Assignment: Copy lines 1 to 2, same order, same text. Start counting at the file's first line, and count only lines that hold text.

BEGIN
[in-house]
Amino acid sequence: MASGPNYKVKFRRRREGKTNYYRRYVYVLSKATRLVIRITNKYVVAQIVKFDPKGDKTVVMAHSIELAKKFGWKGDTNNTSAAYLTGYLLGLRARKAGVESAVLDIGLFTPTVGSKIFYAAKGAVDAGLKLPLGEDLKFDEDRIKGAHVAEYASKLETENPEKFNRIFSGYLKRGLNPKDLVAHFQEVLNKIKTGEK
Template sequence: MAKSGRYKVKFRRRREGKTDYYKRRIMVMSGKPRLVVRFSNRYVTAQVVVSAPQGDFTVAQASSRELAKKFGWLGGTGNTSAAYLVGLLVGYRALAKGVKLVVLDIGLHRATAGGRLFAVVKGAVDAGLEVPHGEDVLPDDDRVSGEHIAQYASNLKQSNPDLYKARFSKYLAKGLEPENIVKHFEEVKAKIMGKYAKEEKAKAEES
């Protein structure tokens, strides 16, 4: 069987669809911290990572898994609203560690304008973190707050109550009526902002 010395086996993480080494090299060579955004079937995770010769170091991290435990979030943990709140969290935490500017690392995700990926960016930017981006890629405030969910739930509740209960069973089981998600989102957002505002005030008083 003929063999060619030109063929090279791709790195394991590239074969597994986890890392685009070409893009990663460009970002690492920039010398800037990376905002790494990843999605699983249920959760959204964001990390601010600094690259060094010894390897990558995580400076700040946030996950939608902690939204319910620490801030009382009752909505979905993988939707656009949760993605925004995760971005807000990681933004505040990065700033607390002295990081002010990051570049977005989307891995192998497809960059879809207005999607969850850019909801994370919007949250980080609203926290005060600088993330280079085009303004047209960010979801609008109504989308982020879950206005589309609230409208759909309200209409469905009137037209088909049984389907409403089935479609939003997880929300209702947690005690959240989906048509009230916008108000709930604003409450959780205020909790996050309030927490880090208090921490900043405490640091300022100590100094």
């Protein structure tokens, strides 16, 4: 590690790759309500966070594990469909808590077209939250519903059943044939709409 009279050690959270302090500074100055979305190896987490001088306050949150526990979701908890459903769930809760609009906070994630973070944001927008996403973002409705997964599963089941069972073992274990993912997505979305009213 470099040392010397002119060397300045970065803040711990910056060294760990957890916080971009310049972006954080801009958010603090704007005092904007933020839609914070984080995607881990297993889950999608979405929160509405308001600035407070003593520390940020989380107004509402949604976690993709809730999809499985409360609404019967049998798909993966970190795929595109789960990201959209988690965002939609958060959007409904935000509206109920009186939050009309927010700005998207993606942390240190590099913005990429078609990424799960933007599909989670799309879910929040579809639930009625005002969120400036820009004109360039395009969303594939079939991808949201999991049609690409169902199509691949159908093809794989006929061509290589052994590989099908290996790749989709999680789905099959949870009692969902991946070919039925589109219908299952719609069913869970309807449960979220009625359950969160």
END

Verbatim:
[in-house]
Amino acid sequence: MASGPNYKVKFRRRREGKTNYYRRYVYVLSKATRLVIRITNKYVVAQIVKFDPKGDKTVVMAHSIELAKKFGWKGDTNNTSAAYLTGYLLGLRARKAGVESAVLDIGLFTPTVGSKIFYAAKGAVDAGLKLPLGEDLKFDEDRIKGAHVAEYASKLETENPEKFNRIFSGYLKRGLNPKDLVAHFQEVLNKIKTGEK